people be prepared to defend superior values related to the concept of
socialism? Undoubtedly, we will be ready to do it, and why not? We are a
small island. It must not be very difficult to resolve our problems. The
people are happier now: Let them give us good solutions. This is a good
solution; we are applying it; it produces results.

We not only have materiel production; we also have services. In the
services area, it is not possible to link production and work-hours
[vinculaciones]. That would be very difficult to do. Services include
multiple occupations, stimulus for those on irregular schedules, fair
salaries. It is impossible to make such links. How could we establish such
a link for a surgeon here? Of course, if you abuse the idea, one could end
up establishing this link, and what are surgeons going to do? Ten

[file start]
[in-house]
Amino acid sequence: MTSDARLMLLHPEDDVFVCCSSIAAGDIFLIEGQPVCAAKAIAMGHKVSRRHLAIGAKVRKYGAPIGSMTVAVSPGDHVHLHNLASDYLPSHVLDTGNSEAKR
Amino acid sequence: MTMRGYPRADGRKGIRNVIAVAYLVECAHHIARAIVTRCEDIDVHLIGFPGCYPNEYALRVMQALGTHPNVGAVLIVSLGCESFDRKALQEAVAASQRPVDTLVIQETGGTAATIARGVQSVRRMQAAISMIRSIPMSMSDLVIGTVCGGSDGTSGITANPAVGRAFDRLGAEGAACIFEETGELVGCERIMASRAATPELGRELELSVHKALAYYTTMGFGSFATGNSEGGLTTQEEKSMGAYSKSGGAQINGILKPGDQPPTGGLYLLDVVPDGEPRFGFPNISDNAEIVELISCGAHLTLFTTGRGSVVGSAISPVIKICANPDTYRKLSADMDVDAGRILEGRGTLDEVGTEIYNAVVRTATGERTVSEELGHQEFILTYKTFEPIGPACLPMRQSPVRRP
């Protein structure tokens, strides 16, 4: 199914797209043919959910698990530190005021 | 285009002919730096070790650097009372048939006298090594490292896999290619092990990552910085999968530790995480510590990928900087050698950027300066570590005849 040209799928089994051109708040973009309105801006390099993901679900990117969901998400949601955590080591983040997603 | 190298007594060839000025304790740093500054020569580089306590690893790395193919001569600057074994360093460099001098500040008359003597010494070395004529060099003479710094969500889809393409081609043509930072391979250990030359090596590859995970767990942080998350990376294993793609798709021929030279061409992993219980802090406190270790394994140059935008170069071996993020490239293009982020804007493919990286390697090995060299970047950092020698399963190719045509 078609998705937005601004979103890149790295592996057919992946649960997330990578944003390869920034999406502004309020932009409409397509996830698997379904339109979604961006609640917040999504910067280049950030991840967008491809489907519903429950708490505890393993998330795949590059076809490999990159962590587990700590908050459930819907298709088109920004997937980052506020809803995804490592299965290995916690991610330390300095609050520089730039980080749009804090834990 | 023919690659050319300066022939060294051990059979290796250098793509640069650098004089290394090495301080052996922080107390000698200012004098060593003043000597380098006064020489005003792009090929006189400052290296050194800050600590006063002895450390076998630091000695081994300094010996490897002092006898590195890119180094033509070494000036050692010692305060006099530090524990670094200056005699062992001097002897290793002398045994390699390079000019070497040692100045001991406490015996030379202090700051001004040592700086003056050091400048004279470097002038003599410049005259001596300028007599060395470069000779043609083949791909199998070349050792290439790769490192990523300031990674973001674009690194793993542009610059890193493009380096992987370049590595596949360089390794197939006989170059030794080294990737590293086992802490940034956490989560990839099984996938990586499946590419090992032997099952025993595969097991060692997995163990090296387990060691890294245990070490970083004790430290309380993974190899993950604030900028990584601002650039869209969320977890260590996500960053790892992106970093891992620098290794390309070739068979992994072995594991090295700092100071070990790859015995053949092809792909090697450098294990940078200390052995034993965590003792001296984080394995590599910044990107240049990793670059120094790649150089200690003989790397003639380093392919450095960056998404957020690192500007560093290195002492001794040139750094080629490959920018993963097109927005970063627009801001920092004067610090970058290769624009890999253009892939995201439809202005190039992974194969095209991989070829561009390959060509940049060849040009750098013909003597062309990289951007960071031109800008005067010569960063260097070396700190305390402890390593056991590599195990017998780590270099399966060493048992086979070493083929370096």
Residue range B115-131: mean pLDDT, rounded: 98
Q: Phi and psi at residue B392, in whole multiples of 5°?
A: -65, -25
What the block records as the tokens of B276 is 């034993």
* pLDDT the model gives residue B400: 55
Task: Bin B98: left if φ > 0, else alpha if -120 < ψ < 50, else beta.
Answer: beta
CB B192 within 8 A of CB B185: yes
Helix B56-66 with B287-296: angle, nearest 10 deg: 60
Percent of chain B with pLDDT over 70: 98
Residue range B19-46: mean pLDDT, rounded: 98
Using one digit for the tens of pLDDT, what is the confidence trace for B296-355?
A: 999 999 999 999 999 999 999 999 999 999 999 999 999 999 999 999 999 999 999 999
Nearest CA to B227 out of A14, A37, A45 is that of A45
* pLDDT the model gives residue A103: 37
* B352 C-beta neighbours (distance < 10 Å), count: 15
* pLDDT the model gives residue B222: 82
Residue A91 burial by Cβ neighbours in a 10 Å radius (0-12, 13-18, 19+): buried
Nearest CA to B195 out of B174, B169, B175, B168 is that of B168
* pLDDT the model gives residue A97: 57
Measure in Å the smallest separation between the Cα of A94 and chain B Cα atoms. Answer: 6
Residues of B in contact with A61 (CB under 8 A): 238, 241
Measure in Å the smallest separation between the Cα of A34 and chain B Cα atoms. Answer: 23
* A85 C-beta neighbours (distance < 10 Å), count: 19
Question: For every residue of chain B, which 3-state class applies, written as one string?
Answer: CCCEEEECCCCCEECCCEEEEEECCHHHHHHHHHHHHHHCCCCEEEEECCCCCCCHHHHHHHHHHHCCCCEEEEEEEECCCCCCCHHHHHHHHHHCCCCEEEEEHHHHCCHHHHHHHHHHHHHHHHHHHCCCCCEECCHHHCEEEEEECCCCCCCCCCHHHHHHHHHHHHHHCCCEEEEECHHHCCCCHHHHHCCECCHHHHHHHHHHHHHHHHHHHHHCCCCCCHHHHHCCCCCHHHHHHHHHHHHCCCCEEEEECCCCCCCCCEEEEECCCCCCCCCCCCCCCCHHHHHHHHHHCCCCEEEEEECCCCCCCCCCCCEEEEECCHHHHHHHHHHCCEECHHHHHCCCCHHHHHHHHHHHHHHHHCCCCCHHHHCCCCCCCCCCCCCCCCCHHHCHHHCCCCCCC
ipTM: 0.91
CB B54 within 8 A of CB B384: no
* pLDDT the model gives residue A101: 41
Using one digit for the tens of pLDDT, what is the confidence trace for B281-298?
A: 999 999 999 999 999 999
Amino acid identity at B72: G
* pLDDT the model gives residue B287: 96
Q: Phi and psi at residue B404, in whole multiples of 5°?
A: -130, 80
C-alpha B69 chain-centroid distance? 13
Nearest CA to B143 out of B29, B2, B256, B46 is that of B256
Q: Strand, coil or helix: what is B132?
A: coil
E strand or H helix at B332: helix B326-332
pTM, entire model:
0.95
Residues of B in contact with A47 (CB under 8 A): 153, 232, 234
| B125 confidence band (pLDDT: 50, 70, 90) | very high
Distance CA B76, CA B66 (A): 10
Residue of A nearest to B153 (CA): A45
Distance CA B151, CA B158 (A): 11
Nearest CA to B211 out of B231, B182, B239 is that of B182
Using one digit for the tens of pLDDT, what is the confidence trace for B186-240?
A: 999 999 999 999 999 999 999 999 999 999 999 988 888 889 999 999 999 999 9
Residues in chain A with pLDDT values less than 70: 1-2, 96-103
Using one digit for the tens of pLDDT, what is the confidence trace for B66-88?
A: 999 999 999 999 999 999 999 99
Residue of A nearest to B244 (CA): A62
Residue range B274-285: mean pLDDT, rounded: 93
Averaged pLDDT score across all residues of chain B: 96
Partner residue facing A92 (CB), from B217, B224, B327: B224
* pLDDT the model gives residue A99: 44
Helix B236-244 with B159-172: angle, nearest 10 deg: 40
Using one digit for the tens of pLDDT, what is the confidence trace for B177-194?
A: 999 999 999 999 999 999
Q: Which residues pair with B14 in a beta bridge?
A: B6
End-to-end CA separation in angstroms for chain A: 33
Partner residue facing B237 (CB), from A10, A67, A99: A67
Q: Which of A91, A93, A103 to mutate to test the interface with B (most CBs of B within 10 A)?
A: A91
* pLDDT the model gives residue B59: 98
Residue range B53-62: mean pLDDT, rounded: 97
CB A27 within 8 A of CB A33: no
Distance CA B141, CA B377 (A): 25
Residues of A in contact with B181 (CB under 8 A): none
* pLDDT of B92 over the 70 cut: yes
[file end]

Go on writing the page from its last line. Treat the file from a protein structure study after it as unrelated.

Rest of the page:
operations every hour, or every 5 hours, or 6 hours? Why are we going to
change the concept and link the family or hospital doctors?

What we want to have is a well-trained doctor, one with awareness; one
committed to his work, to his patients, to his neighbors; one who will do a
good job. Imagine how many bookkeepers we would need to keep track of how
many patients a doctor saw so that we pay him at the end of the month! You
cannot have a link there. It is difficult. What we must demand is good
training and quality.

In the services areas, I have offered the defense field as an example. How
can we pay an officer who has been on two, three, four, or five
internationalist missions? Gentlemen, do you think we can tell him: Look,
for so many years, this; for the internationalist mission, that. Can we?
This is another work concept. It is a communist concept. We must instill